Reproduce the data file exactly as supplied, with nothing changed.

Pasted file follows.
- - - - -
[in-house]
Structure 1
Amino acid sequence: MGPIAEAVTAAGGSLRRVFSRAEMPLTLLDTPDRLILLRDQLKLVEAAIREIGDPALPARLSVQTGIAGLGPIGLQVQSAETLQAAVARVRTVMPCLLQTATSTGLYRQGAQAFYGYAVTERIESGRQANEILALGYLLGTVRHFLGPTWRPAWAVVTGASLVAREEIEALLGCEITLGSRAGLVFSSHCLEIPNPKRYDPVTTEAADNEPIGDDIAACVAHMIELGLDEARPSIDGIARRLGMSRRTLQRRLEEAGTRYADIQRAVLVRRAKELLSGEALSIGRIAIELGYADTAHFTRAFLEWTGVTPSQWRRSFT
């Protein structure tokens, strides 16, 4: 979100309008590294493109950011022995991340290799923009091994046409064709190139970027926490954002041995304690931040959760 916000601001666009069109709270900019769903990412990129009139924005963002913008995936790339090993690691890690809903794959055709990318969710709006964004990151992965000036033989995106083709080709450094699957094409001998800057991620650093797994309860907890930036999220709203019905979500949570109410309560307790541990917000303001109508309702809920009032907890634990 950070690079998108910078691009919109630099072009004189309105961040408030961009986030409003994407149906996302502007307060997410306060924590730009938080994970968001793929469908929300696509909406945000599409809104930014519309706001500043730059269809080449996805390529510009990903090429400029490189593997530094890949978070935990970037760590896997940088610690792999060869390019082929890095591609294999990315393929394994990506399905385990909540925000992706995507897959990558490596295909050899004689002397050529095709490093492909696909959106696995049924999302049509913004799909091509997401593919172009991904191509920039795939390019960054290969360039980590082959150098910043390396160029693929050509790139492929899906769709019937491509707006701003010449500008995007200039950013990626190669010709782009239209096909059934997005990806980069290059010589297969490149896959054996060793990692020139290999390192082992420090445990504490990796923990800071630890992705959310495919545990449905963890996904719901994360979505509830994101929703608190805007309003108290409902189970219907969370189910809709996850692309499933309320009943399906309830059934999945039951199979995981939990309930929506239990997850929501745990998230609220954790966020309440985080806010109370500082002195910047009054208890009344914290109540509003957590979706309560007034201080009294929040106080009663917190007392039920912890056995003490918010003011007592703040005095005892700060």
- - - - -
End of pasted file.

[in-house]
Structure 1
Amino acid sequence: MGPIAEAVTAAGGSLRRVFSRAEMPLTLLDTPDRLILLRDQLKLVEAAIREIGDPALPARLSVQTGIAGLGPIGLQVQSAETLQAAVARVRTVMPCLLQTATSTGLYRQGAQAFYGYAVTERIESGRQANEILALGYLLGTVRHFLGPTWRPAWAVVTGASLVAREEIEALLGCEITLGSRAGLVFSSHCLEIPNPKRYDPVTTEAADNEPIGDDIAACVAHMIELGLDEARPSIDGIARRLGMSRRTLQRRLEEAGTRYADIQRAVLVRRAKELLSGEALSIGRIAIELGYADTAHFTRAFLEWTGVTPSQWRRSFT
């Protein structure tokens, strides 16, 4: 979100309008590294493109950011022995991340290799923009091994046409064709190139970027926490954002041995304690931040959760 916000601001666009069109709270900019769903990412990129009139924005963002913008995936790339090993690691890690809903794959055709990318969710709006964004990151992965000036033989995106083709080709450094699957094409001998800057991620650093797994309860907890930036999220709203019905979500949570109410309560307790541990917000303001109508309702809920009032907890634990 950070690079998108910078691009919109630099072009004189309105961040408030961009986030409003994407149906996302502007307060997410306060924590730009938080994970968001793929469908929300696509909406945000599409809104930014519309706001500043730059269809080449996805390529510009990903090429400029490189593997530094890949978070935990970037760590896997940088610690792999060869390019082929890095591609294999990315393929394994990506399905385990909540925000992706995507897959990558490596295909050899004689002397050529095709490093492909696909959106696995049924999302049509913004799909091509997401593919172009991904191509920039795939390019960054290969360039980590082959150098910043390396160029693929050509790139492929899906769709019937491509707006701003010449500008995007200039950013990626190669010709782009239209096909059934997005990806980069290059010589297969490149896959054996060793990692020139290999390192082992420090445990504490990796923990800071630890992705959310495919545990449905963890996904719901994360979505509830994101929703608190805007309003108290409902189970219907969370189910809709996850692309499933309320009943399906309830059934999945039951199979995981939990309930929506239990997850929501745990998230609220954790966020309440985080806010109370500082002195910047009054208890009344914290109540509003957590979706309560007034201080009294929040106080009663917190007392039920912890056995003490918010003011007592703040005095005892700060």